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Monday, May 20, 2019

One Last Photo for a Special Return in China

Last week I posted a photo of a location significant to this blog and later I posted a photo of the same place taken from a different vantage point. Before revealing all, I will share a photo of the same location also taken on that first night of my return but from a vantage point that offers a far more iconic view.

street market at night in China


Do you see it now?

Friday, May 17, 2019

Taiwan Passes Same-Sex Marriage Bill Today: A Look Back at the 2011 Taiwan LGBT Pride Parade

people holding up a large waving rainbow banner at the 2011 Taiwan LGBT Pride Parade


Big news today out of a Taiwan:
Lawmakers in Taiwan have approved a bill legalizing same-sex marriage, a landmark decision that makes the self-ruled island the first place in Asia to pass gay marriage legislation.

The vote came almost two years after the island's Constitutional Court ruled that the existing law -- which said marriage was between a man and a woman -- was unconstitutional. The panel of judges gave the island's parliament two years to amend or enact new laws.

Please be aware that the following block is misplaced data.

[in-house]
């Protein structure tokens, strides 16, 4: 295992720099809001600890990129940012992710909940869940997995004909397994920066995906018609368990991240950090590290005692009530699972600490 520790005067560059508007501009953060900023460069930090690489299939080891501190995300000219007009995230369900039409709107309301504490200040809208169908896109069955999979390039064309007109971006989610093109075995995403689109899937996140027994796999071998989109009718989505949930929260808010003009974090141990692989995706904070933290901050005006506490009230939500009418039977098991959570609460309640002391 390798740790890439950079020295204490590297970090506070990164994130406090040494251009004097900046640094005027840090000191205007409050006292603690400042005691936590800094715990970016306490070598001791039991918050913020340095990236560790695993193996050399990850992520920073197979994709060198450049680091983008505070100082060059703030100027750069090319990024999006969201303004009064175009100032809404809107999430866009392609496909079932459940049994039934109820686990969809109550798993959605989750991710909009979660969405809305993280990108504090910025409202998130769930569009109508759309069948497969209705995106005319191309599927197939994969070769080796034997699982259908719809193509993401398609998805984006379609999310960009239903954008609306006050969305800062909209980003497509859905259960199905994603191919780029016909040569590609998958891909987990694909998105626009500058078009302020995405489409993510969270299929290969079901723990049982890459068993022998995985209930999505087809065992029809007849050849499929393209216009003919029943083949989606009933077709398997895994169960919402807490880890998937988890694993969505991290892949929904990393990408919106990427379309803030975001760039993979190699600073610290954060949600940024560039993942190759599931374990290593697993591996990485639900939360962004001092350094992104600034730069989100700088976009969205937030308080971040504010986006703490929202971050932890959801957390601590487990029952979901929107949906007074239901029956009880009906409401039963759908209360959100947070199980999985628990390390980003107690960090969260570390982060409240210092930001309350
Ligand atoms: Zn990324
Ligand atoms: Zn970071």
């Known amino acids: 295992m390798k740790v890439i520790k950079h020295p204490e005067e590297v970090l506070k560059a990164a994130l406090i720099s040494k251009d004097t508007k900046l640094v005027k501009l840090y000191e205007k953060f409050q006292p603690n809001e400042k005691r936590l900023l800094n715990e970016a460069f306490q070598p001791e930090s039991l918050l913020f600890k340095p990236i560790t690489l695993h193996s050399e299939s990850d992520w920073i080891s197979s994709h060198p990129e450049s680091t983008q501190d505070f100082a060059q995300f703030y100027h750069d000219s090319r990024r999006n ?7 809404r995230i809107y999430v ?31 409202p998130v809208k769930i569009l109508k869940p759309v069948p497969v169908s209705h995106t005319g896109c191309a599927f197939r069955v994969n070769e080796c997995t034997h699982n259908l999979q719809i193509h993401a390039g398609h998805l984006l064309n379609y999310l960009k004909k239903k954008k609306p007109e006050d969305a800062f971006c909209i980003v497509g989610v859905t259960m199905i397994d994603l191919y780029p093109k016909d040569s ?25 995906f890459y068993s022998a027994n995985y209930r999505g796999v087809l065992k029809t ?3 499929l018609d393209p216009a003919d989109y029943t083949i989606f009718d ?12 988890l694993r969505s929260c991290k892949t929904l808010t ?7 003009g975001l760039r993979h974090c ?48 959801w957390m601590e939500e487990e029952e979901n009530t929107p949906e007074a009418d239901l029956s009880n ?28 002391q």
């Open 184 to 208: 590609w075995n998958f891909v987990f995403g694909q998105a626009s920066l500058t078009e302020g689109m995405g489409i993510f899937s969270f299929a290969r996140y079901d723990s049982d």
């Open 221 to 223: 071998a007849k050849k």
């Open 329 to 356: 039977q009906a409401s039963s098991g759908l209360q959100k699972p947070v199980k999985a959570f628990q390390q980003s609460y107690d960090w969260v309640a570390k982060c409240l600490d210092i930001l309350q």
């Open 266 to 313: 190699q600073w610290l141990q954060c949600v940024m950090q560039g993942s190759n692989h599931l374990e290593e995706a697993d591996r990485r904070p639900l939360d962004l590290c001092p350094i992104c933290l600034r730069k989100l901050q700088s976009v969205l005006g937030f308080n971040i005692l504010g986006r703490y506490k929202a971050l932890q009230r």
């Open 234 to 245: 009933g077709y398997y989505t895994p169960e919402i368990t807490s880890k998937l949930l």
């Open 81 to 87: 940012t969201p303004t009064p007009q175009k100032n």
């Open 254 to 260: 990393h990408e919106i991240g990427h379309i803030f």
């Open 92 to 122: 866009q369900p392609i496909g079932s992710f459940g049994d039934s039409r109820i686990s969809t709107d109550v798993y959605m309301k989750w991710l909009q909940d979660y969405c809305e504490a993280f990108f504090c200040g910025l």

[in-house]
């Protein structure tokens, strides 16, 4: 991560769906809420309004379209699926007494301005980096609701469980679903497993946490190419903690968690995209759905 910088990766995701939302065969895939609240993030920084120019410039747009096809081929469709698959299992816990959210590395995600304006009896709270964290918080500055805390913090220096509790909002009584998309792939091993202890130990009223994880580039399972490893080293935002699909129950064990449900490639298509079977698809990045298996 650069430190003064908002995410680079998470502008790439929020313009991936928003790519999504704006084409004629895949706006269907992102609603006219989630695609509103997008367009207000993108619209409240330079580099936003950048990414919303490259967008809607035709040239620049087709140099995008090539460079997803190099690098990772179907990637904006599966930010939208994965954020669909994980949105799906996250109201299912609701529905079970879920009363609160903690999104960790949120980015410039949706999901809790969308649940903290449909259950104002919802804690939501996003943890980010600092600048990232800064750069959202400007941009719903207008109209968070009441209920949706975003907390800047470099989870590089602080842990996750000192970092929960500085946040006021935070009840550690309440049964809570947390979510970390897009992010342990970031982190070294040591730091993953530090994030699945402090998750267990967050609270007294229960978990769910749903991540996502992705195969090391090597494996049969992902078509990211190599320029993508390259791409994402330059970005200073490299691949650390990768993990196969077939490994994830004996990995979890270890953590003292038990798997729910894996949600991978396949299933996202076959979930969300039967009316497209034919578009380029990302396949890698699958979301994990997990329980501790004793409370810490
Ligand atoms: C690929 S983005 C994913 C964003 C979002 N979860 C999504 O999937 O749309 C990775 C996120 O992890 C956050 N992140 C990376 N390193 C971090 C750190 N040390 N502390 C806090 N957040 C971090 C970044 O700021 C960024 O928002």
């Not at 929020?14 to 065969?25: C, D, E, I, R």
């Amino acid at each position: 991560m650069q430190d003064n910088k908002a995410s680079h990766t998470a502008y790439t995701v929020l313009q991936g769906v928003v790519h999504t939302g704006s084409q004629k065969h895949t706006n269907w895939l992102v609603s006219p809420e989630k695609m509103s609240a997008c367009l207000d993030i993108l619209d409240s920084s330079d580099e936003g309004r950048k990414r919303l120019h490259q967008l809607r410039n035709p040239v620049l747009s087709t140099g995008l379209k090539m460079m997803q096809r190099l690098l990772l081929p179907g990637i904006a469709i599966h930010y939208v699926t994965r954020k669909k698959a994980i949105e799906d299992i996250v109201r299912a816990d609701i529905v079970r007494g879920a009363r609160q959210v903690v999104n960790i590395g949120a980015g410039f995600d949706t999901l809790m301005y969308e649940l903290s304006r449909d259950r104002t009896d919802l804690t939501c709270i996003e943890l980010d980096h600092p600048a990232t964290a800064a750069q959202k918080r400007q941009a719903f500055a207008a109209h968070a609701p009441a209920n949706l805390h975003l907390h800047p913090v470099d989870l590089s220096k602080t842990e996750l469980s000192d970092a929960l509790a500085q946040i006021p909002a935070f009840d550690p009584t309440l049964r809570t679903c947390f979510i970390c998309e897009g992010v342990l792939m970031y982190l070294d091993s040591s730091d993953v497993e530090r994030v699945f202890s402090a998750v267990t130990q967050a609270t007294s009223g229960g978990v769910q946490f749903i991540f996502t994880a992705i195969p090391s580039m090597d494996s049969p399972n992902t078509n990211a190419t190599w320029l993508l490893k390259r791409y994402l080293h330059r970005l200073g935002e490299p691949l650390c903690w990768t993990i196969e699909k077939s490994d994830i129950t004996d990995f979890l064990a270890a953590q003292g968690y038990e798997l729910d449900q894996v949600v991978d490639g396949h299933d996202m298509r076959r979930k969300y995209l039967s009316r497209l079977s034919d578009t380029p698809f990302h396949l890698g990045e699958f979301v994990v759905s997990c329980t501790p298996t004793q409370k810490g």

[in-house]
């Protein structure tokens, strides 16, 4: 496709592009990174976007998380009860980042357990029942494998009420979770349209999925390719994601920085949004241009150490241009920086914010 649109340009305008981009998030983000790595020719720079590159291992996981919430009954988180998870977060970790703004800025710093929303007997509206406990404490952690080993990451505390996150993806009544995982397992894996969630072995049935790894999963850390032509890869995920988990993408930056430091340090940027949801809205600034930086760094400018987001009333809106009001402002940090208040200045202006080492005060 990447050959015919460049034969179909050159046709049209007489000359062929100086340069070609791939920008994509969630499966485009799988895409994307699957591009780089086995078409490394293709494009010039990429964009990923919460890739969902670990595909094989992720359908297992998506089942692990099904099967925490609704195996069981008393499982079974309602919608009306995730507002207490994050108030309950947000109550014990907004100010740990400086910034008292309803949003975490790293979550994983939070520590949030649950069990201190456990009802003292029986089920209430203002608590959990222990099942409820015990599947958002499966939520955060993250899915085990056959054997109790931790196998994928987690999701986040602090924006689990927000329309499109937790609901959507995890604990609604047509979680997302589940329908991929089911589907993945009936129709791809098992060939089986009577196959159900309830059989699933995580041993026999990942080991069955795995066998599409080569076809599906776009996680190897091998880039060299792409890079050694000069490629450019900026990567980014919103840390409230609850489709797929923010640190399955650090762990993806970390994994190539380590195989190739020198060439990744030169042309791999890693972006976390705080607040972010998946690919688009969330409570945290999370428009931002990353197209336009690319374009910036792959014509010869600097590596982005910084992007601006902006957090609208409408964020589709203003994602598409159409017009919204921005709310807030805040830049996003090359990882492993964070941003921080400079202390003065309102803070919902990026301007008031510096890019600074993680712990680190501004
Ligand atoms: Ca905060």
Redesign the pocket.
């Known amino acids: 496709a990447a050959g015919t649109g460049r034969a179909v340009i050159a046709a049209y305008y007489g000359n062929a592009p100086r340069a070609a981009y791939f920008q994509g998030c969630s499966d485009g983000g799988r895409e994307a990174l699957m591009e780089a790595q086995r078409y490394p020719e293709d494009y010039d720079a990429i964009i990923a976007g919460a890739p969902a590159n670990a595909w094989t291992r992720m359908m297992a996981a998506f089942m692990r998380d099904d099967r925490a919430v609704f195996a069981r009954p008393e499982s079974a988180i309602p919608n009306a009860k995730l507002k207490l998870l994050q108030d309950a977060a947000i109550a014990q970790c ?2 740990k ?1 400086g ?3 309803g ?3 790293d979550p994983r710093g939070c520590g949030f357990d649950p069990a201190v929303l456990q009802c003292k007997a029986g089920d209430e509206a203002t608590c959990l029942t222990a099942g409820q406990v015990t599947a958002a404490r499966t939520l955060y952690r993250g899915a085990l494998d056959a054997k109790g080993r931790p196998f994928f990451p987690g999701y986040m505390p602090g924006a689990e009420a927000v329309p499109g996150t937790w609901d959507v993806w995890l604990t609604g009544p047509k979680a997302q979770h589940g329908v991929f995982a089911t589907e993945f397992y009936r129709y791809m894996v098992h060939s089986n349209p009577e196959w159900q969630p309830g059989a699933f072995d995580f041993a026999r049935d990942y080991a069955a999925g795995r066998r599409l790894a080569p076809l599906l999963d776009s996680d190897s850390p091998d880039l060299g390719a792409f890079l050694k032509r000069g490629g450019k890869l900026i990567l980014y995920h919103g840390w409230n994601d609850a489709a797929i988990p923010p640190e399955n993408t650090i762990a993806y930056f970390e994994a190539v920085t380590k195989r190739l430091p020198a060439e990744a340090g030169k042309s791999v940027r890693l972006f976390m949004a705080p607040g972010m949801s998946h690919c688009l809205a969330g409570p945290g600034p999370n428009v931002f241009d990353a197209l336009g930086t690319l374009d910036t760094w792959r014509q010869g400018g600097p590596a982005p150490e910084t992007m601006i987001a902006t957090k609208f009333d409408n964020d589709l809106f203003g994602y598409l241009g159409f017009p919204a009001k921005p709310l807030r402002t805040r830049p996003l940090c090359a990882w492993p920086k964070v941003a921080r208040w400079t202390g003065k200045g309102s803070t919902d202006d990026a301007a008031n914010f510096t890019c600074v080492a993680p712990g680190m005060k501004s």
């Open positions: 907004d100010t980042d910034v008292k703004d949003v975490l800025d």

On Friday -- only a week off the two-year deadline -- lawmakers in Taiwan's Legislative Yuan passed a bill making same-sex marriage a reality. It will go into effect on May 24.
Over eight years ago, I shared some thoughts about stumbling upon the 2011 Taiwan Lesbian, Gay, Bisexual and Transgender (LGBT) Pride Parade in Taipei:
Seeing people freely and openly march for a social cause in a land rich with Chinese culture felt surreal. Nothing like this was possible in mainland China where I had been living for over five years. The parade also brought to mind several friends who had repressed their sexuality but felt comfortable during their college years to "come out".
I then shared a personal account to demonstrate one way that decreasing LGBT discrimination would not only obviously benefit the LGBT community but heterosexuals as well. While I still agree with the main point I wanted to make, I later wished I had expressed myself much better (reading it makes me cringe now) and, perhaps more importantly, done so in a separate piece. That way a post which included a video and numerous photos could have been much more focused on the people who had marched and rallied.

So to finally rectify my mistake to a degree and to provide some more context and color for what happened today in Taiwan, without further ado I will share here the video and 16 photos I shared before plus 14 more photos I haven't previously shared of a parade eight years ago in Taipei that was part of paving the way to a long sought and significant gain in rights for many.




2011 Taiwan LGBT Pride Parade


young man holding a sign and dressed up in a maid's outfit at the 2011 Taiwan LGBT Pride Parade


people holding up a large waving rainbow banner at the 2011 Taiwan LGBT Pride Parade


Photography on the street at the 2011 Taiwan LGBT Pride Parade


2011 Taiwan LGBT Pride Parade


2011 Taiwan LGBT Pride Parade